When I heard there was another anime by the creator of Anohana called Nagi no Asukara in the works, I braced for another round of emotional masochism. But while still a story of loss and love, I was treated to a world under the sea that was as beautiful as it was thematically deep.
Good – Beautiful World
Nagi no Asukara is set in a world where there are two races of humans, those who live on land and those who live in the ocean. But instead of living in caves or shipwrecks or the like, the people from beneath the waves live in houses like ours with streets like ours. Instead of a sky, they have the water refracting the sunlight. Instead of birds, fish swim through the “air” while sea slugs and crabs take the place of bugs. And while they don't have snow, occasional salt flakes fall in a similar way, coating the ground in white.
This world so similar to our own yet so different looks beautiful in the anime and each time the characters go there it is a special treat.
But the visuals aren't the only thing that makes the world of Nagi no Asukara so captivating. Rather, the whole world, while similar to ours, has one fundamental difference—the sea god. The tale of his life and the lore surrounding it sound like a traditional folk tale—though to the people in this world, it is history. Thus, the whole story of Nagi no Asukara acts as a modern folk tale—a continuation of a story from so long ago it has become myth.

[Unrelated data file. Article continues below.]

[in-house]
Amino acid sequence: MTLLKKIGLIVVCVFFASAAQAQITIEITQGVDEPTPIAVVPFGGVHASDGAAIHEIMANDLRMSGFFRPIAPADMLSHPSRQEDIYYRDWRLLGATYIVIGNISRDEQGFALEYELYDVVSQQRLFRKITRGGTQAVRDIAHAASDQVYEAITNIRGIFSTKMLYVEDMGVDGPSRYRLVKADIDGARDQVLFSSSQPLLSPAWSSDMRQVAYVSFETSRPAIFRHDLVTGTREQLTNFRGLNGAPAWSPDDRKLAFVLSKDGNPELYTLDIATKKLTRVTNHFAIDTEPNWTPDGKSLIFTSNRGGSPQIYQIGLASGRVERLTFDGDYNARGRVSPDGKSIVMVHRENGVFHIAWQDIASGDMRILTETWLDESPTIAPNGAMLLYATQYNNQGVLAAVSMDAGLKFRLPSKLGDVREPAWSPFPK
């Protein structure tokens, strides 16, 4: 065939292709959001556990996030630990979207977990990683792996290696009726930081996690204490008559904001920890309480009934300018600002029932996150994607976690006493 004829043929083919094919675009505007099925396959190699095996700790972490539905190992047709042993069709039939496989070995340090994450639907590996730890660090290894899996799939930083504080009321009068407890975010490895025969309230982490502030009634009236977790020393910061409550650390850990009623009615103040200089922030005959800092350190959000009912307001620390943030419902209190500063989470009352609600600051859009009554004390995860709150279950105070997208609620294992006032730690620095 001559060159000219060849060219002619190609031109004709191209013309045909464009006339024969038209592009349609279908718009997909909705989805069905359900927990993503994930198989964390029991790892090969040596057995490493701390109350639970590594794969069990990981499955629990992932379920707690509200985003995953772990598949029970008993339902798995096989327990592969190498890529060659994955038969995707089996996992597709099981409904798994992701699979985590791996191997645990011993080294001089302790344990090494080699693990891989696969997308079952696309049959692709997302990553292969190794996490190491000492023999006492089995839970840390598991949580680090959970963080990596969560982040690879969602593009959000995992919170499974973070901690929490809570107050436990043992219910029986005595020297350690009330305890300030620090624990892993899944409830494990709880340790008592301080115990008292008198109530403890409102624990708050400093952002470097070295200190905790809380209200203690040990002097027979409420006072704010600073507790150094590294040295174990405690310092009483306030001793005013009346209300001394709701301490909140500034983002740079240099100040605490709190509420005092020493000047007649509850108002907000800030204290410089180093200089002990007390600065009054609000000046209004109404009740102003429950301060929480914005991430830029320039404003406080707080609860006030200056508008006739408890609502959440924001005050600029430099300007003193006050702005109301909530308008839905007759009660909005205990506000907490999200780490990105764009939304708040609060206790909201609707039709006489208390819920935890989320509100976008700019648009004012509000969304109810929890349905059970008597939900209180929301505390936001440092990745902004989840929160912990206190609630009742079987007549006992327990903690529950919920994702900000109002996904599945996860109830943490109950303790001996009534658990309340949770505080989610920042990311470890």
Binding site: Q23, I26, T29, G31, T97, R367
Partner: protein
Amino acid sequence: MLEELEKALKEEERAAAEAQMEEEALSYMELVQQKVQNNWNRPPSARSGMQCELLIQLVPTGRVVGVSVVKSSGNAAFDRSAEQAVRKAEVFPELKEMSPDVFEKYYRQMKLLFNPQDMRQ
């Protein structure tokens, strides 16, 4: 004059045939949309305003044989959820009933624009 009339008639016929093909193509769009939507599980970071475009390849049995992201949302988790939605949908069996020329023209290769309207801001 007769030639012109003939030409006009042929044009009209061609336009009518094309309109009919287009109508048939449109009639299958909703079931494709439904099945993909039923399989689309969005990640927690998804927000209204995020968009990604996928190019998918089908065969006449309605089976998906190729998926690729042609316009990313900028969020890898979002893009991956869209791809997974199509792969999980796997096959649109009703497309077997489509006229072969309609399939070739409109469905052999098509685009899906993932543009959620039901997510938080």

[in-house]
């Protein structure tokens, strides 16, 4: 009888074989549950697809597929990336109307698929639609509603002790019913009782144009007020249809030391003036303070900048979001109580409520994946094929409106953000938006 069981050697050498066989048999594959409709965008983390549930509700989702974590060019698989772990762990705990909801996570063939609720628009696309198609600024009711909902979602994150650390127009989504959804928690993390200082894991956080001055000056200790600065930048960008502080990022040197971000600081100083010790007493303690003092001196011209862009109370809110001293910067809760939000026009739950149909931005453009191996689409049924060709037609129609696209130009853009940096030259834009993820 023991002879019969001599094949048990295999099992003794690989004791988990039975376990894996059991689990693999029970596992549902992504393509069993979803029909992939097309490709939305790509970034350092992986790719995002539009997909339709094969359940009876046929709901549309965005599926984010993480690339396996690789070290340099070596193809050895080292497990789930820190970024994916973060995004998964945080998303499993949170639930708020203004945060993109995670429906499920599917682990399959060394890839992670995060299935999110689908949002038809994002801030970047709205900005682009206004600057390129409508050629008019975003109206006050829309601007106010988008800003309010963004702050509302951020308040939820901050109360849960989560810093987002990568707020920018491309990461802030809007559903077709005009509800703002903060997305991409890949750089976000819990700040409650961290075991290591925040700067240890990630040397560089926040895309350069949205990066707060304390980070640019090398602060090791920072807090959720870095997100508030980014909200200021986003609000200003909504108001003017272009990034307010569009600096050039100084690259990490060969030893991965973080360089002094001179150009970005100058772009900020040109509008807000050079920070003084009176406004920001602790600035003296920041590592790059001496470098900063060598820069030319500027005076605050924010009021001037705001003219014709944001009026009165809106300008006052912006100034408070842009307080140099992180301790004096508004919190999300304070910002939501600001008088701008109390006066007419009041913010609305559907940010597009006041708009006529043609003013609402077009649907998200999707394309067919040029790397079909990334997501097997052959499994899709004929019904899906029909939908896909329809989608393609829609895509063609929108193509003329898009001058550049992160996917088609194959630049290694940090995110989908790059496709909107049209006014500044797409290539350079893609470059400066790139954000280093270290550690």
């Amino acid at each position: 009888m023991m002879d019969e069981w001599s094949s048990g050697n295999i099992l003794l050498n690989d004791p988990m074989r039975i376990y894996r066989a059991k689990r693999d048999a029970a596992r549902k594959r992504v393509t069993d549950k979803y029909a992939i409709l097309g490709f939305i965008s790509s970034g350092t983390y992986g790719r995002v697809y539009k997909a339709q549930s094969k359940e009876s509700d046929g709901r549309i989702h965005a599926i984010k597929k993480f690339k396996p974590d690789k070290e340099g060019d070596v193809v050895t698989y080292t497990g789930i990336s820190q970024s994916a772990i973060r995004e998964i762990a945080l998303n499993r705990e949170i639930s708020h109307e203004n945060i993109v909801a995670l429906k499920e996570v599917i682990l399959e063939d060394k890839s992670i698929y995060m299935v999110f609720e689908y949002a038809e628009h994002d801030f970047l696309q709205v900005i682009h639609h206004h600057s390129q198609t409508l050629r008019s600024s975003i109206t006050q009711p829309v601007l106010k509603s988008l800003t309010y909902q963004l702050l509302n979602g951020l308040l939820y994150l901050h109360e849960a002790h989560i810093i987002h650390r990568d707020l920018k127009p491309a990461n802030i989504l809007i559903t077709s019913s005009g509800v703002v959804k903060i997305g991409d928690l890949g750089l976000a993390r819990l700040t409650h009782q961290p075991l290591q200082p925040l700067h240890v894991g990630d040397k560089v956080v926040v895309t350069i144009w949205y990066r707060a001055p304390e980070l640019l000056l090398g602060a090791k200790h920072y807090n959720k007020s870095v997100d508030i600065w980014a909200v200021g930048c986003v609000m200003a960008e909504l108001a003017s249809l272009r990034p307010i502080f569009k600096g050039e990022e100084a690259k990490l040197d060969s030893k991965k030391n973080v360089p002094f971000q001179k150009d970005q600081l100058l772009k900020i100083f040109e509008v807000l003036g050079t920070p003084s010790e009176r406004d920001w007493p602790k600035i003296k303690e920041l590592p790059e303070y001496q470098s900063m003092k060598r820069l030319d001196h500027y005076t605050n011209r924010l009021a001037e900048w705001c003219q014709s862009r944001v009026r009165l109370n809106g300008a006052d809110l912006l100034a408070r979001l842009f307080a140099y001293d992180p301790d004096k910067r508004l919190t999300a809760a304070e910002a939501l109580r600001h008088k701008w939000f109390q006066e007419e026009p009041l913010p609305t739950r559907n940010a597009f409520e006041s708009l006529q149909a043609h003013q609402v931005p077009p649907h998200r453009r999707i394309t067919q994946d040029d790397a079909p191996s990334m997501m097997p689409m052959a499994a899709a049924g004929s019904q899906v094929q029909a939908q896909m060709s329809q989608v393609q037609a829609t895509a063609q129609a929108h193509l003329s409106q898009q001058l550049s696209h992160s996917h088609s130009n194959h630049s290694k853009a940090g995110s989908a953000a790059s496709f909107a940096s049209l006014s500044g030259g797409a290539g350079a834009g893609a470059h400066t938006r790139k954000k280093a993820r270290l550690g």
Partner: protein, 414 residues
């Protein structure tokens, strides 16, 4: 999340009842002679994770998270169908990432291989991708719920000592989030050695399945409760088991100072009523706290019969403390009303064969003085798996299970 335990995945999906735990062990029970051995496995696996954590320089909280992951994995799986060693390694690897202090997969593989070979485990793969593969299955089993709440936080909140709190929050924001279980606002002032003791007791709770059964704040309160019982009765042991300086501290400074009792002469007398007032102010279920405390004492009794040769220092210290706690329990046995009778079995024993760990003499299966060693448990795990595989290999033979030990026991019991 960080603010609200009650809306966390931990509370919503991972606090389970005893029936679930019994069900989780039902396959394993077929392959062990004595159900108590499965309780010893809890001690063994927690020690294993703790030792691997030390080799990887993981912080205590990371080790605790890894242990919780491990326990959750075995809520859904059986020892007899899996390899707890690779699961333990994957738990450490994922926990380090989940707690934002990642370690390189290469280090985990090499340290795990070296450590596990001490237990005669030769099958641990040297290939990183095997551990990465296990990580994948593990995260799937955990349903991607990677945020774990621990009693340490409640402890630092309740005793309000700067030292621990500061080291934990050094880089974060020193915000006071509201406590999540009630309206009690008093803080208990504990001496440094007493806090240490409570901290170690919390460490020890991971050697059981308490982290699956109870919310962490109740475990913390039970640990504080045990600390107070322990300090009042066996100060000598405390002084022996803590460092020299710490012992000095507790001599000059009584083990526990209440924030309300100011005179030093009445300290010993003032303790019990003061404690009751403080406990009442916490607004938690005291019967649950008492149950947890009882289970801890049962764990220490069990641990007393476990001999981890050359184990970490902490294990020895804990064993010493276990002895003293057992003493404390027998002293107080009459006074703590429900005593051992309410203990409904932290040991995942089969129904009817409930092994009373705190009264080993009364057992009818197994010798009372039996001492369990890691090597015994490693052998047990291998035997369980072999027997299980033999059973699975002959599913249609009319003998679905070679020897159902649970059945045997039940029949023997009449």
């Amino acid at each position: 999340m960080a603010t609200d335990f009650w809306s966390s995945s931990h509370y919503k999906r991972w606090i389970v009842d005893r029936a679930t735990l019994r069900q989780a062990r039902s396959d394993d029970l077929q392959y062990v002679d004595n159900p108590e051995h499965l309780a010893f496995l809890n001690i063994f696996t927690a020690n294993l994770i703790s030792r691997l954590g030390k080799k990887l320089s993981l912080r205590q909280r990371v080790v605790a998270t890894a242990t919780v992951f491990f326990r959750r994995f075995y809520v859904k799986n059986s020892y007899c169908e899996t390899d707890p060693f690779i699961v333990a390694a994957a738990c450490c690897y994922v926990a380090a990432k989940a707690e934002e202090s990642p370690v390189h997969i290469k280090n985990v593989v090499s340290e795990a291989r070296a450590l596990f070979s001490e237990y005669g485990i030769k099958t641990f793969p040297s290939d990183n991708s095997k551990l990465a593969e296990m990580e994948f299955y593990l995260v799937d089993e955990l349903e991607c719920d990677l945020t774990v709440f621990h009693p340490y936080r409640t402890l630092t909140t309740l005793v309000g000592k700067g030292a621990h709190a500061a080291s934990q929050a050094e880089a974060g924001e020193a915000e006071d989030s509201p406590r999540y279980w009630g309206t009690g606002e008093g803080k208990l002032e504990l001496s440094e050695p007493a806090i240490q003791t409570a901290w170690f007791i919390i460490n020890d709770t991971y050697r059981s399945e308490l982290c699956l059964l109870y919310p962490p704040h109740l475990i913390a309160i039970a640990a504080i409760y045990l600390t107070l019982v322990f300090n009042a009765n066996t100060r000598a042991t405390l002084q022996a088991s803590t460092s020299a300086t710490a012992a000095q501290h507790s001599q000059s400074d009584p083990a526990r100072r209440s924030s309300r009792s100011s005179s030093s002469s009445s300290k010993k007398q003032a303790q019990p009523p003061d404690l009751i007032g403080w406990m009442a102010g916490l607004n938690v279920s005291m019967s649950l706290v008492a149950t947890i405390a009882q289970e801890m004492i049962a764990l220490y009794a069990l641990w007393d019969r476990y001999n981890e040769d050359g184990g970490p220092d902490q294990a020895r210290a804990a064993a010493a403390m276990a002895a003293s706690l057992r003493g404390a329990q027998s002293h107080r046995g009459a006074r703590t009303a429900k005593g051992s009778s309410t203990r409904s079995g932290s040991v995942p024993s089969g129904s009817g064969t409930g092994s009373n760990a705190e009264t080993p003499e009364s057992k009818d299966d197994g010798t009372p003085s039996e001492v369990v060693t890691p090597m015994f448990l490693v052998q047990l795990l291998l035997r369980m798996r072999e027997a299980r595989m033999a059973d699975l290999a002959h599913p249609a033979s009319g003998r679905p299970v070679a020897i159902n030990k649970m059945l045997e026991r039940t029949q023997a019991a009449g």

Good – Exploring Depopulation & Racism
Much of the external conflict in Nagi no Asukara comes from one of the biggest problems that Japan is now facing—depopulation. Less children are born each year so schools close and the older population look for someone to blame. In the world of Nagi no Asukara, it’s easy for the sea humans to blame those on the land. This is because sea humans have a special membrane that allows them to breathe in the water. However, land humans lack this—as do half-breed children.
Thus, when a sea person falls in love with a land human and wishes to be with them, they are banished. In other words, the sea humans see the land humans as “pigs” who steal their women and are the cause of their looming extinction. The land humans respond by seeing the sea humans as more “fish” than human creatures that live in backwards isolation.
At the start of the series, four of the five main characters, a group of sea human children, share their parents' prejudice—after all, their school was closed down because of a lack of children, and now they have to go to the school on the surface. But after some growing pains, the children from both sea and land see each other as people—neither pigs nor fish. And thus the show becomes a battle of children's wisdom versus lifelong prejudice.
Good – Change